Grant and the Forgotten Court of Inquiry

During the siege of Vicksburg, General U. S. Grant had to deal with racial problems, but those problems were always a lower priority than his main goal—the capture of Vicksburg. The most notable racially-tinged event occurred at Milliken’s Bend on the Louisiana side of the Mississippi north of Vicksburg. Union campaigning in the Mississippi Delta resulted in the assemblage of a large number of freed slaves at Milliken’s Bend.
Racial problems immediately surfaced. White Union soldiers, notably Illinois cavalry, did not like the proximity of these black men, women, and children, especially those black men who joined the Union army. Soon, the freedmen found themselves targets of physical attacks and suffered atrocities that for a time went unpunished. Women and daughters were often raped, and men threatened and often beaten.
The commanding officer at Milliken’s Bend was Colonel Isaac Shepard, a New England native who had long been an abolitionist. His attempts to protect blacks stirred a backlash by his superiors. General Jeremiah Sullivan, commanding at Milliken’s Bend at the time (he was later replaced by Elias Dennis), reacted strongly to a particular event involving Shepard and accused Shepard of lying about his rank and allowing a white soldier to be punished by blacks. The first charge was a canard, but the second had merit. The events leading to the whipping of a white Illinois cavalryman by a black Union soldier illustrated the deep racist attitudes of many in Grant’s army toward blacks.
A private in the 10th Illinois Cavalry had gone on a drunken spree, along with a fellow soldier, and the two had wandered into the camp of the 1st Mississippi Colored regiment. They attacked two black women; one of the men wielded a hatchet, which fortunately was used as a threat rather than a weapon. The two soldiers then tied a black Union soldier to a tree and kicked him repeatedly. When the cavalrymen saw a young black boy nearby who had witnessed what was going on, one used the hatchet as a threat, but the other suggested a good kicking would be sufficient. So the two kicked the youngster in the head, and one used his boot heel to stomp directly on the boy’s face, destroying one of the terrified victim’s eyes.
When Shepard heard about the assault, he had Private John O’Brien, the main perpetrator, arrested. He then ordered a small group of black soldiers to whip O’Brien, who was bound, with small limbs of berry bushes. The whipping amounted to very little; Shepard saw to it that things did not get out of hand. He did not want to cause a backlash among other white soldiers, something that could have very easily happened. Once word spread about the events, Shepard was the subject of a Court of Inquiry, but was ultimately acquitted of all charges.1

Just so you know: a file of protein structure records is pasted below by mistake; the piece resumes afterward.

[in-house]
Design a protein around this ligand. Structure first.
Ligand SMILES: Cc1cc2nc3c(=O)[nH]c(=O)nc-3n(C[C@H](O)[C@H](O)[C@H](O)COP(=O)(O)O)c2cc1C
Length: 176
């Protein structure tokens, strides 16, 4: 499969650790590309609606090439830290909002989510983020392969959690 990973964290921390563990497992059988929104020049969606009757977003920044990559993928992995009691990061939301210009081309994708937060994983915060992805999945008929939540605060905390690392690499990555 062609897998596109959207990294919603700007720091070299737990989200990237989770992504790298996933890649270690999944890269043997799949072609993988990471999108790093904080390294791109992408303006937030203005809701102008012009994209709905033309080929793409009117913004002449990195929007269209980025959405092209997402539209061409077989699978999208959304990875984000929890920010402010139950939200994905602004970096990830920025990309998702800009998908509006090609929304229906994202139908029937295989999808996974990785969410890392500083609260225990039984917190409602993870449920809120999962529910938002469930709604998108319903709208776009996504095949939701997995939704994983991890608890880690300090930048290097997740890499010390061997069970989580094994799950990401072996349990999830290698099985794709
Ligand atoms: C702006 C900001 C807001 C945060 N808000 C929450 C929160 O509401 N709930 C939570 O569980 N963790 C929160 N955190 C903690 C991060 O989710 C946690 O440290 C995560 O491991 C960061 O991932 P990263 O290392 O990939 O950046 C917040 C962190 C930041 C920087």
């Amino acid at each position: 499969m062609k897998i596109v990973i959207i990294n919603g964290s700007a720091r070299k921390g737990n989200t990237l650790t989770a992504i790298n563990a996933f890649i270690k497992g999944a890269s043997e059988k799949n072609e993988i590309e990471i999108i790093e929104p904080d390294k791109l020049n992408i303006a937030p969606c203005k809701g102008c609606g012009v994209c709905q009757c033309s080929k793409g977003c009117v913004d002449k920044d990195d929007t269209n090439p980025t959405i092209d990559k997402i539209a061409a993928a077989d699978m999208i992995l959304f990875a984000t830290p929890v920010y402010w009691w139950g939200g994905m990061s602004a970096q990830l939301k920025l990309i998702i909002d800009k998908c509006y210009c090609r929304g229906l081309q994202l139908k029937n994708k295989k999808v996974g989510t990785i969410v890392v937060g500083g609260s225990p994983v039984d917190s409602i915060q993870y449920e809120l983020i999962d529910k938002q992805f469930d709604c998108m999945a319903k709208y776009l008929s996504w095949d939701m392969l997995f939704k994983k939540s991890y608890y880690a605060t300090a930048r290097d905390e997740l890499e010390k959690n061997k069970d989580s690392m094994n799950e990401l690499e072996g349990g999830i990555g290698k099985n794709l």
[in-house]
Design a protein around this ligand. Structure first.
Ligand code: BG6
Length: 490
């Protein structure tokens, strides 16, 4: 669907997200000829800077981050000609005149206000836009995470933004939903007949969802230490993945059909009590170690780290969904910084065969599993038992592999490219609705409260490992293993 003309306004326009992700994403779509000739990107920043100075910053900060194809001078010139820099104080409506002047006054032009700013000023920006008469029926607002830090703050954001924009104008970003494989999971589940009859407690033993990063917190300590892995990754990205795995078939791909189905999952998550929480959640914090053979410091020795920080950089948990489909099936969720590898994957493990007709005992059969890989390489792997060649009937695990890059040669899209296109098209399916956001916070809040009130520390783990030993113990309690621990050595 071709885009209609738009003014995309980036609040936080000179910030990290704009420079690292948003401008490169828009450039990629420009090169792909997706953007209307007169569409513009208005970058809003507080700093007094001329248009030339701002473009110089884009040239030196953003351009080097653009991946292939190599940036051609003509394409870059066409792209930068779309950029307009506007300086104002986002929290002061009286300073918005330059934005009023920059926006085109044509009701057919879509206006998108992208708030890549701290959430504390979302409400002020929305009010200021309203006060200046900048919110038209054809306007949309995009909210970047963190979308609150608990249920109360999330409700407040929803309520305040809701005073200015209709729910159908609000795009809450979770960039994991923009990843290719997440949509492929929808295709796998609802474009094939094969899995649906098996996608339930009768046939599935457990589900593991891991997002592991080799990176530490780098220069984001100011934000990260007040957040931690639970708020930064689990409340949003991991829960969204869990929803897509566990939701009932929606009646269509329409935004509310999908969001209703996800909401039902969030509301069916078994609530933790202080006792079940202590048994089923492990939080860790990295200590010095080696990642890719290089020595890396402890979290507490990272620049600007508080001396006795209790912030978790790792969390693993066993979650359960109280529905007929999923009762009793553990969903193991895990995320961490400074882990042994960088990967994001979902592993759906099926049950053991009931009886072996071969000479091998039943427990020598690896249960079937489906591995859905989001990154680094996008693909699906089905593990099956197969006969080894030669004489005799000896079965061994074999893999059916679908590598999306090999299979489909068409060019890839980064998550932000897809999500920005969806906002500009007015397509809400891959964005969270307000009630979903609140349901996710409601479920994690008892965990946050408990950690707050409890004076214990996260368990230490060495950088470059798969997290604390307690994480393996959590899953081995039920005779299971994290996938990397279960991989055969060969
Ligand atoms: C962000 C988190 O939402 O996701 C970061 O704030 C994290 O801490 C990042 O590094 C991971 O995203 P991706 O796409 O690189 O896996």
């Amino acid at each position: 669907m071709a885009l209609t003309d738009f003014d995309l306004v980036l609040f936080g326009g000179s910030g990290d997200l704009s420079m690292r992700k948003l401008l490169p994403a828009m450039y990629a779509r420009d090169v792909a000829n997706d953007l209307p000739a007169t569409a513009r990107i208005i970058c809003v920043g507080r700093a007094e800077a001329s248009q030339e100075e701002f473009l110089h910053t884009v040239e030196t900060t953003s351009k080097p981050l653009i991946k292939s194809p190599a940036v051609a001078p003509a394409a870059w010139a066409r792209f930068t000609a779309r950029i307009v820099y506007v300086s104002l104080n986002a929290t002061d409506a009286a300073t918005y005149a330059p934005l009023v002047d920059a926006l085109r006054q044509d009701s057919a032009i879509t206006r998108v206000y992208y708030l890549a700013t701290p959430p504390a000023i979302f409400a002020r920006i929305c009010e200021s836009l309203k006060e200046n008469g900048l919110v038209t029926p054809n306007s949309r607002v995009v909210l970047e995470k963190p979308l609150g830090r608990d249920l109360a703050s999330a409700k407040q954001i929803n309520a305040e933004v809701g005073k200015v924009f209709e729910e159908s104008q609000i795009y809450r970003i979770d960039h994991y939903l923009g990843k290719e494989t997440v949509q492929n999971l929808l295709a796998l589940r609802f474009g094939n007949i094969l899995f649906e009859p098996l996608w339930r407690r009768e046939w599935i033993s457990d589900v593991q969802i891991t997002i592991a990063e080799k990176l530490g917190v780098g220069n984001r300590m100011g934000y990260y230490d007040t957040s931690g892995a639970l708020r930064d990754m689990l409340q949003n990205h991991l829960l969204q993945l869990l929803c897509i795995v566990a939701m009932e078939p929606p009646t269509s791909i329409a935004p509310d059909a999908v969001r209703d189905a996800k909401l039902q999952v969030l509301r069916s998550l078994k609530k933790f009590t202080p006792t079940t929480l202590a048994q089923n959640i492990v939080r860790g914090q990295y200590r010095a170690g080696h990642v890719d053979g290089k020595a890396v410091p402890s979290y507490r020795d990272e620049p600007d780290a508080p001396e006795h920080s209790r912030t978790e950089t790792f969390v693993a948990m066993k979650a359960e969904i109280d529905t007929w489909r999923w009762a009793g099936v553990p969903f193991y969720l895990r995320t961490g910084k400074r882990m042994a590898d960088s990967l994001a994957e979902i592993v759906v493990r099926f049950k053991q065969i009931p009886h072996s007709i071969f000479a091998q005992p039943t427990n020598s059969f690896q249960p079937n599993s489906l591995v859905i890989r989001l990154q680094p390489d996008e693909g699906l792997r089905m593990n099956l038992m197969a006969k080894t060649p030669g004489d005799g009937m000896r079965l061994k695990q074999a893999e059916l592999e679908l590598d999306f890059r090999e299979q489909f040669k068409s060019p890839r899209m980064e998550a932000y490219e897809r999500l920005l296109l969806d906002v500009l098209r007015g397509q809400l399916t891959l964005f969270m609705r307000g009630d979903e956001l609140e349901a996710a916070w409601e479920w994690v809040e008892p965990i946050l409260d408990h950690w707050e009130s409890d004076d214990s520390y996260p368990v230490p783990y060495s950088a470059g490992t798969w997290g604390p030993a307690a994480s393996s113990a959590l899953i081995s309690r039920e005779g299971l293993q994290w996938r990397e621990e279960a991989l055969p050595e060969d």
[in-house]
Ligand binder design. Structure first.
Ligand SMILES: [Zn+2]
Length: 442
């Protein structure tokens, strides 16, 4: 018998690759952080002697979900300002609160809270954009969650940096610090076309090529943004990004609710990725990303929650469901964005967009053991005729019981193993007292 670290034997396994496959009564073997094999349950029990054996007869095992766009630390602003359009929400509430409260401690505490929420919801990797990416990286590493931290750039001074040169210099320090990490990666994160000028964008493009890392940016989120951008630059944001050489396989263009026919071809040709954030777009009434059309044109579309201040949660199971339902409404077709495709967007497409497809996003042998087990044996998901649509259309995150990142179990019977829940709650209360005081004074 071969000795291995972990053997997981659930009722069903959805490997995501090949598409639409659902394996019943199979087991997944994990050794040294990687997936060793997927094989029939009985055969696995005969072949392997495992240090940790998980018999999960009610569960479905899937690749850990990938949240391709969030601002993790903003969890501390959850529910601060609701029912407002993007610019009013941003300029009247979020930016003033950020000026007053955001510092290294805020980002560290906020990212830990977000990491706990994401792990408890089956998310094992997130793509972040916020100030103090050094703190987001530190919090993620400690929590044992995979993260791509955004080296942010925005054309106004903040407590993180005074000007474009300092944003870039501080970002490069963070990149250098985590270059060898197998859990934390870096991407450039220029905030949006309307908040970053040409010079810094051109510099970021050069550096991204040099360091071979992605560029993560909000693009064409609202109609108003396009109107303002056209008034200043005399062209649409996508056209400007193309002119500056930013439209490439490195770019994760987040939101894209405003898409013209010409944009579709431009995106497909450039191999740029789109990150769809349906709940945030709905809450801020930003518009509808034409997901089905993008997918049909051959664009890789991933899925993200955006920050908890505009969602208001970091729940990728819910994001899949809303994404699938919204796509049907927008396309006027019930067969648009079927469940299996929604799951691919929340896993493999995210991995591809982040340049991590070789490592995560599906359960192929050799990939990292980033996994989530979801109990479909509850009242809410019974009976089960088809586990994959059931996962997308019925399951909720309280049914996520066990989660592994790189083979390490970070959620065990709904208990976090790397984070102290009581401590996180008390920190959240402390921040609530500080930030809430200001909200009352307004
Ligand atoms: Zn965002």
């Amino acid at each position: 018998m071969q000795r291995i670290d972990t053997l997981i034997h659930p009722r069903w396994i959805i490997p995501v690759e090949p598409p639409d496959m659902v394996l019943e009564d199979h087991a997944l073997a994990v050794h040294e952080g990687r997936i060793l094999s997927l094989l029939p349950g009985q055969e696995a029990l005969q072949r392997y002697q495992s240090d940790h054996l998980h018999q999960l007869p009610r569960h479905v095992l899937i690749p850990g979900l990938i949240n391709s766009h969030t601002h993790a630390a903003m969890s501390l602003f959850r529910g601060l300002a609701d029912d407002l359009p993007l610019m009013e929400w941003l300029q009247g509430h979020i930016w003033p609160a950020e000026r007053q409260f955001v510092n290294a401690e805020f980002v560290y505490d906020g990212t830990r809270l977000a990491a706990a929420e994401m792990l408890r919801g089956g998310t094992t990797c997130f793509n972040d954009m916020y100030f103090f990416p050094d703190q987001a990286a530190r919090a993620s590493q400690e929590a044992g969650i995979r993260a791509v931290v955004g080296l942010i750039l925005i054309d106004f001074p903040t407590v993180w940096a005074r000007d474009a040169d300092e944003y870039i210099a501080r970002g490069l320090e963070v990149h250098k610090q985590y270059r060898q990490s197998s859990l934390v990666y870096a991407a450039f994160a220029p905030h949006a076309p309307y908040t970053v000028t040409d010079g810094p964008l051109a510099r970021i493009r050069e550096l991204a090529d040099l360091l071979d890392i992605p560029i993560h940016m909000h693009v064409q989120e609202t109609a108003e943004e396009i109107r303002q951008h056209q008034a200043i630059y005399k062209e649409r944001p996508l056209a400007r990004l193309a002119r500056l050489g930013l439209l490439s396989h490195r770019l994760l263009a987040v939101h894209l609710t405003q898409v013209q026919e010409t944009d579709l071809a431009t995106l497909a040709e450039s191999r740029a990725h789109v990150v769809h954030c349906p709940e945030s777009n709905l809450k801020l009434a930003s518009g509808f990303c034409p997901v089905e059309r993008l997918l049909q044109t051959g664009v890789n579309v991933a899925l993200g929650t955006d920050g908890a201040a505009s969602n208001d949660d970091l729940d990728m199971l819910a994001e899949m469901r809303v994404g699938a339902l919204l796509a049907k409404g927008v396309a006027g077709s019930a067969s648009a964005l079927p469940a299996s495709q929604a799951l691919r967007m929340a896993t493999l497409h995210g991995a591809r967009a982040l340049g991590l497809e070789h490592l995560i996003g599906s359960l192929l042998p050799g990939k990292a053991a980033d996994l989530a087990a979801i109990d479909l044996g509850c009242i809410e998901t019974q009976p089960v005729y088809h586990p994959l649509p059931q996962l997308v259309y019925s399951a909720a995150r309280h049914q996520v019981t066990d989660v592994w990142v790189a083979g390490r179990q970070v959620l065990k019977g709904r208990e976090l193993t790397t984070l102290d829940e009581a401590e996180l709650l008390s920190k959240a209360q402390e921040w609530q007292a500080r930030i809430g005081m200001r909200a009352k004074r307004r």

Grant was aware of what had happened, and he ordered the transcript of the inquiry not to be published. Grant understood that the nature of what had transpired would cause Abraham Lincoln political problems and cause an uproar in the North, especially Grant’s home region, the Midwest. Adjutant General Lorenzo Thomas did find out about what had happened, and he came to the Vicksburg area to investigate. Grant eventually sent a transcript of the proceedings of the inquiry to Thomas. Thomas knew that word of what happened at Milliken’s Bend had reached Washington, and Shepard’s reputation suffered accordingly. His promotion to brigadier general was slowed to the point that it never happened. Certainly his brave response to the savage treatment of blacks more than warranted a promotion. He not only had taken a strong stand against rampant racism in Grant’s army, but he had set a precedent when blacks were allowed testify at the Court of Inquiry. The transcript was never made public, but Grant did take actions to rein in racial intolerance. His immediate solution was to order black and white troops to be segregated. After the surrender of Vicksburg, Grant worked with Thomas to recruit more blacks in the Union army.2
The Milliken’s Bend atrocities were not the only racial issues Grant faced during the Vicksburg siege, but certainly they were the most prominent. Grant kept the lid on what had happened as best he could, as forcing the surrender of Vicksburg was foremost in his mind.

Michael Ballard

1 The information on the Court of Inquiry if from the Isaac F. Shepard Papers, Department of Special Collections, Davidson Library, University of California at Santa Barbara. The full text of the court’s proceedings are in Shepard’s papers. Dr. David Slay, Vicksburg National Military Park, found the transcript during a research trip, and the author is most grateful to Dr. Slay for sharing a copy of the transcript.
2 Court of Inquiry transcript, Part 2; also General Orders No. 107, June 14, 1863 and General Orders No. 108, June 17, 1863, Record Group 393, Department of the Tennessee, National Archives; Lorenzo Thomas to Edwin Stanton, October 5, 1863, Grant endorsement of Thomas letter to Stanton, October 9, 1863, John Y. Simon, ed., The Papers of Ulysses S. Grant, Carbondale, IL: Southern Illinois University Press, 33 volumes, 9: 26-27.

The full story of the Milliken’s Bend affair and other racial problems are in chapter 4 of Ballard’s book, Grant at Vicksburg: The General and the Siege, released in April, 2013, by Southern Illinois University Press.
Illustration courtesy of the Library of Congress (

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